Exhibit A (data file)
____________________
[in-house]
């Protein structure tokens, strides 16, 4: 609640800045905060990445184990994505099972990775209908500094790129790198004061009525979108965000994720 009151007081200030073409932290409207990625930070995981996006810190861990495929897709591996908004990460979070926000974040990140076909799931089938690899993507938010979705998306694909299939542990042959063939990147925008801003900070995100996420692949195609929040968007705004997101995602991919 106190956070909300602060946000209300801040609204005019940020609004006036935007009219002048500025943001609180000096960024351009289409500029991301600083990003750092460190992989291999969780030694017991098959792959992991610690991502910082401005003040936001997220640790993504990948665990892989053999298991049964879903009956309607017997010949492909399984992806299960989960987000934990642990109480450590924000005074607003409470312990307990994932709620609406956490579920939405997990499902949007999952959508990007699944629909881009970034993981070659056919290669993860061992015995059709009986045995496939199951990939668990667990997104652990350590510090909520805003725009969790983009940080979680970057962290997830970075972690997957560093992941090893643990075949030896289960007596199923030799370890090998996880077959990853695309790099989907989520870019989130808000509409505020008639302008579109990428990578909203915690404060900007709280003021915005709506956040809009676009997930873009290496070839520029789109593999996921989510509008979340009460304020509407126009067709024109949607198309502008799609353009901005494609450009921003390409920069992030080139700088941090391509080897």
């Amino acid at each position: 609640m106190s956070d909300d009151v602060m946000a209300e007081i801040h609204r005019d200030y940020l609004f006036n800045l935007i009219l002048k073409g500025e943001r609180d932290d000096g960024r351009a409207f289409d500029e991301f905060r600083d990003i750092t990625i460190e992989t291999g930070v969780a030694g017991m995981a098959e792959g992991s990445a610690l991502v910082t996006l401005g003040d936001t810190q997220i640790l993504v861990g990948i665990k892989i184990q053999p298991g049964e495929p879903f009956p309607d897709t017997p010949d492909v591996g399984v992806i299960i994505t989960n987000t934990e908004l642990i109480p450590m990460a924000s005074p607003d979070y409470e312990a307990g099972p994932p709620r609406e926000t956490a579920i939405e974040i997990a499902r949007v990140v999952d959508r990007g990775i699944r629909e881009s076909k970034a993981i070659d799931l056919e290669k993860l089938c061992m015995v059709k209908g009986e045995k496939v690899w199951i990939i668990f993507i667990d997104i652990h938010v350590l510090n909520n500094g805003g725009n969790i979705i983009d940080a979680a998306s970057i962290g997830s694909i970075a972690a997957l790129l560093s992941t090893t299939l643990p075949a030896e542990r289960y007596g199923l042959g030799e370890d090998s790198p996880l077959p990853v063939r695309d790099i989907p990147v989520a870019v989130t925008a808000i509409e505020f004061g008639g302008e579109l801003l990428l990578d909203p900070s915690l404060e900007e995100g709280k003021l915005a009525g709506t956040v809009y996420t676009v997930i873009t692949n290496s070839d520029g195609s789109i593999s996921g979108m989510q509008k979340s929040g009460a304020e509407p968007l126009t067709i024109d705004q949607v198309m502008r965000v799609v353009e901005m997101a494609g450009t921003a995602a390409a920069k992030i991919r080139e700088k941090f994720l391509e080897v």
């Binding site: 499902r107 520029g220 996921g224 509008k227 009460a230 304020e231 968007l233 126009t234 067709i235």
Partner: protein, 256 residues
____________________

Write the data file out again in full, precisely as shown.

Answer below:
[in-house]
């Protein structure tokens, strides 16, 4: 609640800045905060990445184990994505099972990775209908500094790129790198004061009525979108965000994720 009151007081200030073409932290409207990625930070995981996006810190861990495929897709591996908004990460979070926000974040990140076909799931089938690899993507938010979705998306694909299939542990042959063939990147925008801003900070995100996420692949195609929040968007705004997101995602991919 106190956070909300602060946000209300801040609204005019940020609004006036935007009219002048500025943001609180000096960024351009289409500029991301600083990003750092460190992989291999969780030694017991098959792959992991610690991502910082401005003040936001997220640790993504990948665990892989053999298991049964879903009956309607017997010949492909399984992806299960989960987000934990642990109480450590924000005074607003409470312990307990994932709620609406956490579920939405997990499902949007999952959508990007699944629909881009970034993981070659056919290669993860061992015995059709009986045995496939199951990939668990667990997104652990350590510090909520805003725009969790983009940080979680970057962290997830970075972690997957560093992941090893643990075949030896289960007596199923030799370890090998996880077959990853695309790099989907989520870019989130808000509409505020008639302008579109990428990578909203915690404060900007709280003021915005709506956040809009676009997930873009290496070839520029789109593999996921989510509008979340009460304020509407126009067709024109949607198309502008799609353009901005494609450009921003390409920069992030080139700088941090391509080897």
């Amino acid at each position: 609640m106190s956070d909300d009151v602060m946000a209300e007081i801040h609204r005019d200030y940020l609004f006036n800045l935007i009219l002048k073409g500025e943001r609180d932290d000096g960024r351009a409207f289409d500029e991301f905060r600083d990003i750092t990625i460190e992989t291999g930070v969780a030694g017991m995981a098959e792959g992991s990445a610690l991502v910082t996006l401005g003040d936001t810190q997220i640790l993504v861990g990948i665990k892989i184990q053999p298991g049964e495929p879903f009956p309607d897709t017997p010949d492909v591996g399984v992806i299960i994505t989960n987000t934990e908004l642990i109480p450590m990460a924000s005074p607003d979070y409470e312990a307990g099972p994932p709620r609406e926000t956490a579920i939405e974040i997990a499902r949007v990140v999952d959508r990007g990775i699944r629909e881009s076909k970034a993981i070659d799931l056919e290669k993860l089938c061992m015995v059709k209908g009986e045995k496939v690899w199951i990939i668990f993507i667990d997104i652990h938010v350590l510090n909520n500094g805003g725009n969790i979705i983009d940080a979680a998306s970057i962290g997830s694909i970075a972690a997957l790129l560093s992941t090893t299939l643990p075949a030896e542990r289960y007596g199923l042959g030799e370890d090998s790198p996880l077959p990853v063939r695309d790099i989907p990147v989520a870019v989130t925008a808000i509409e505020f004061g008639g302008e579109l801003l990428l990578d909203p900070s915690l404060e900007e995100g709280k003021l915005a009525g709506t956040v809009y996420t676009v997930i873009t692949n290496s070839d520029g195609s789109i593999s996921g979108m989510q509008k979340s929040g009460a304020e509407p968007l126009t067709i024109d705004q949607v198309m502008r965000v799609v353009e901005m997101a494609g450009t921003a995602a390409a920069k992030i991919r080139e700088k941090f994720l391509e080897v």
């Binding site: 499902r107 520029g220 996921g224 509008k227 009460a230 304020e231 968007l233 126009t234 067709i235």
Partner: protein, 256 residues